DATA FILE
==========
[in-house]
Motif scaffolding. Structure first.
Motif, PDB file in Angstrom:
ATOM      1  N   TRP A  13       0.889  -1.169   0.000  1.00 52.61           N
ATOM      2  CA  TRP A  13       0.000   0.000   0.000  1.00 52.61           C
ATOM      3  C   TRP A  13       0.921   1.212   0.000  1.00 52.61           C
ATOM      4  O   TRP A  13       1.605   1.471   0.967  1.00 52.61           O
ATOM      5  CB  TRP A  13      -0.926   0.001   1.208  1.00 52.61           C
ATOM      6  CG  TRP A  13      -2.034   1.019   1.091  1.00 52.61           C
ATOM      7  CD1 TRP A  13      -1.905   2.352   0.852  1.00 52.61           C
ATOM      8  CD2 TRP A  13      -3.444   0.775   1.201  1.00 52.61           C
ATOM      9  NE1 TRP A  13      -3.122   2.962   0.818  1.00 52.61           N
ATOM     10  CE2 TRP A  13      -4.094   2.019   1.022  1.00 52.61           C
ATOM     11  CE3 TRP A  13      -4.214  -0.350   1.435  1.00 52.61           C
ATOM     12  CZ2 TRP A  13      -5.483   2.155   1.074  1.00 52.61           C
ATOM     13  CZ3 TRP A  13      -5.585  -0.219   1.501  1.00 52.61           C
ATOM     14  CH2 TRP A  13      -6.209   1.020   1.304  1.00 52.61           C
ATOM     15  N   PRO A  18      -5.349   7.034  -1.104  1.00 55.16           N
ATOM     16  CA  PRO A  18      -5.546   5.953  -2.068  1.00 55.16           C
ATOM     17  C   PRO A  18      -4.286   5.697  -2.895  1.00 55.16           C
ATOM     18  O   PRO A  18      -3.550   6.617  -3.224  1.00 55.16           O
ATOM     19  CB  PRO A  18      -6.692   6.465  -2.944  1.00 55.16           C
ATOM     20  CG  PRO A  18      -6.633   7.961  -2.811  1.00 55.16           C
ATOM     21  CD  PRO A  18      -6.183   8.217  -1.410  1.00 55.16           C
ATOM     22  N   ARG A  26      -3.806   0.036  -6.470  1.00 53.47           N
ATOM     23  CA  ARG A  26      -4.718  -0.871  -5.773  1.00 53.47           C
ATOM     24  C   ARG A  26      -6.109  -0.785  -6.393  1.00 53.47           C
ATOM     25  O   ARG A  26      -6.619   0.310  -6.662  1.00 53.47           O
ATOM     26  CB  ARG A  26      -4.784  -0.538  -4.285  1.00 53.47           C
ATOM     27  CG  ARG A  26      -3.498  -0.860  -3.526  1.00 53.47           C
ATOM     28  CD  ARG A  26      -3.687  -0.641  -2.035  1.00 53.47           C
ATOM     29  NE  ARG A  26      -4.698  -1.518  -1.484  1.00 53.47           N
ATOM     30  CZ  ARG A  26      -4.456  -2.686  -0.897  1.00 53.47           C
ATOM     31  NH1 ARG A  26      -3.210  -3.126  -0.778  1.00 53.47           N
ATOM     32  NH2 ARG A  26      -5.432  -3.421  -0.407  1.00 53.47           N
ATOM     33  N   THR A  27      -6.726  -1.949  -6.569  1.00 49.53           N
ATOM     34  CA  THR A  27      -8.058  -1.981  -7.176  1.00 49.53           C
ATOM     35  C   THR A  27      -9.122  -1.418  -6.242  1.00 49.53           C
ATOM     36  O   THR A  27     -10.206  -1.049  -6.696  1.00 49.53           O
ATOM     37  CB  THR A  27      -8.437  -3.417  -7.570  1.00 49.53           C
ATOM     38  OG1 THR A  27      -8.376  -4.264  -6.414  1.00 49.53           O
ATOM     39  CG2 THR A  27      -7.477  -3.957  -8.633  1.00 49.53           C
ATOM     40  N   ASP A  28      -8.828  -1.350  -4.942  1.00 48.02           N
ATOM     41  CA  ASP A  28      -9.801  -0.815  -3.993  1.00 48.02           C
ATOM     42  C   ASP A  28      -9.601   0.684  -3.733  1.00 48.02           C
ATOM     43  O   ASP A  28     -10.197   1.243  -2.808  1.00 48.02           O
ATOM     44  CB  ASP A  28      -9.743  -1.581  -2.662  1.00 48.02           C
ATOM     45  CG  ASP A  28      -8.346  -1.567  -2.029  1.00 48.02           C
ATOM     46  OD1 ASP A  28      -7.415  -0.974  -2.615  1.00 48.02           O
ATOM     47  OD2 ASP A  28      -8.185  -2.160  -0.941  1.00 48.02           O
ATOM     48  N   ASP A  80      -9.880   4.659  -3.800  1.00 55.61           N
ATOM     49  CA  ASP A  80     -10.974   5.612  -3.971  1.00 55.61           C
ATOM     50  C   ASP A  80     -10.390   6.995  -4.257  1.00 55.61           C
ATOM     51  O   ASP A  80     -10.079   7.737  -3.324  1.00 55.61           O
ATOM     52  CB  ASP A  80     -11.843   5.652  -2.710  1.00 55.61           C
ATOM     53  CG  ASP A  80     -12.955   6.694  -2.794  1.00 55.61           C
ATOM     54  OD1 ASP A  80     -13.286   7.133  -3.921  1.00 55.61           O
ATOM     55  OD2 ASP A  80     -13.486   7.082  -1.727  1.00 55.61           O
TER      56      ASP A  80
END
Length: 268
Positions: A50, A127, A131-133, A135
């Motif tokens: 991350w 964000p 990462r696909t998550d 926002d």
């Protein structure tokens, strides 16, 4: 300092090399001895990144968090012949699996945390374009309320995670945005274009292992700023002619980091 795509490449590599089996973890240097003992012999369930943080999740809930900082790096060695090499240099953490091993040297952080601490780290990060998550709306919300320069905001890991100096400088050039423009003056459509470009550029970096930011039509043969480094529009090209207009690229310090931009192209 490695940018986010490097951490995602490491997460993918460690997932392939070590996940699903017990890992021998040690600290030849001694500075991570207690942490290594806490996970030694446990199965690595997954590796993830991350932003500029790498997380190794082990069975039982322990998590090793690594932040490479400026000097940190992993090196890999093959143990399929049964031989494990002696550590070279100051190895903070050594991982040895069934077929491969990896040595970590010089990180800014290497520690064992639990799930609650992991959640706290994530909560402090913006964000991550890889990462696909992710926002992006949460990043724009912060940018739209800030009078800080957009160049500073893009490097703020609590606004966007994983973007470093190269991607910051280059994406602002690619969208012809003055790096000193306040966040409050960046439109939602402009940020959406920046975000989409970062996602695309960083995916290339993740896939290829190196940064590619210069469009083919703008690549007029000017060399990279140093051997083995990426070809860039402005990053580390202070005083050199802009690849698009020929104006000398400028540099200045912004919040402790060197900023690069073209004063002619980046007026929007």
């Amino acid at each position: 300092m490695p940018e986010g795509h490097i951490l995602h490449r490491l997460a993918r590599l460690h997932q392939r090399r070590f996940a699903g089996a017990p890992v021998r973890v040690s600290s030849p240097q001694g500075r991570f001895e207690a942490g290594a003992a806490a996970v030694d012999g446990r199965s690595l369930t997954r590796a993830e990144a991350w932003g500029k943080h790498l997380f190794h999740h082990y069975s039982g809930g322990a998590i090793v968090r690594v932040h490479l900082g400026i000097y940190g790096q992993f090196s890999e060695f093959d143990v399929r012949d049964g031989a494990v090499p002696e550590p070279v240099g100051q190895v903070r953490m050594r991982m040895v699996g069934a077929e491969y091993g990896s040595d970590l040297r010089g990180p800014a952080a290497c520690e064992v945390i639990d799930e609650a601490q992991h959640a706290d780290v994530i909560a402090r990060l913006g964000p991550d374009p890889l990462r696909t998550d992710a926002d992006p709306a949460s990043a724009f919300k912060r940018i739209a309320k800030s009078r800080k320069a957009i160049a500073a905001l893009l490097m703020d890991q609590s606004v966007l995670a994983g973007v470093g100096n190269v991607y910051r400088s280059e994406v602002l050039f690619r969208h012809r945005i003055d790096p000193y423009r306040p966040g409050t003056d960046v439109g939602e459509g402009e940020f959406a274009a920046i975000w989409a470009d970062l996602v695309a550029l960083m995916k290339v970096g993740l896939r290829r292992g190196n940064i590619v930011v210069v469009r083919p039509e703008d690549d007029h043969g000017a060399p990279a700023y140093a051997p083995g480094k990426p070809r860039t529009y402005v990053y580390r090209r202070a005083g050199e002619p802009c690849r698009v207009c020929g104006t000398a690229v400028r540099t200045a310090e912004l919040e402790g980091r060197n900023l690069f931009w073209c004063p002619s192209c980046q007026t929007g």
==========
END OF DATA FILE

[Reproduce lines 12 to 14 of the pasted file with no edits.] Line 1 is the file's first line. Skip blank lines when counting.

ATOM      9  NE1 TRP A  13      -3.122   2.962   0.818  1.00 52.61           N
ATOM     10  CE2 TRP A  13      -4.094   2.019   1.022  1.00 52.61           C
ATOM     11  CE3 TRP A  13      -4.214  -0.350   1.435  1.00 52.61           C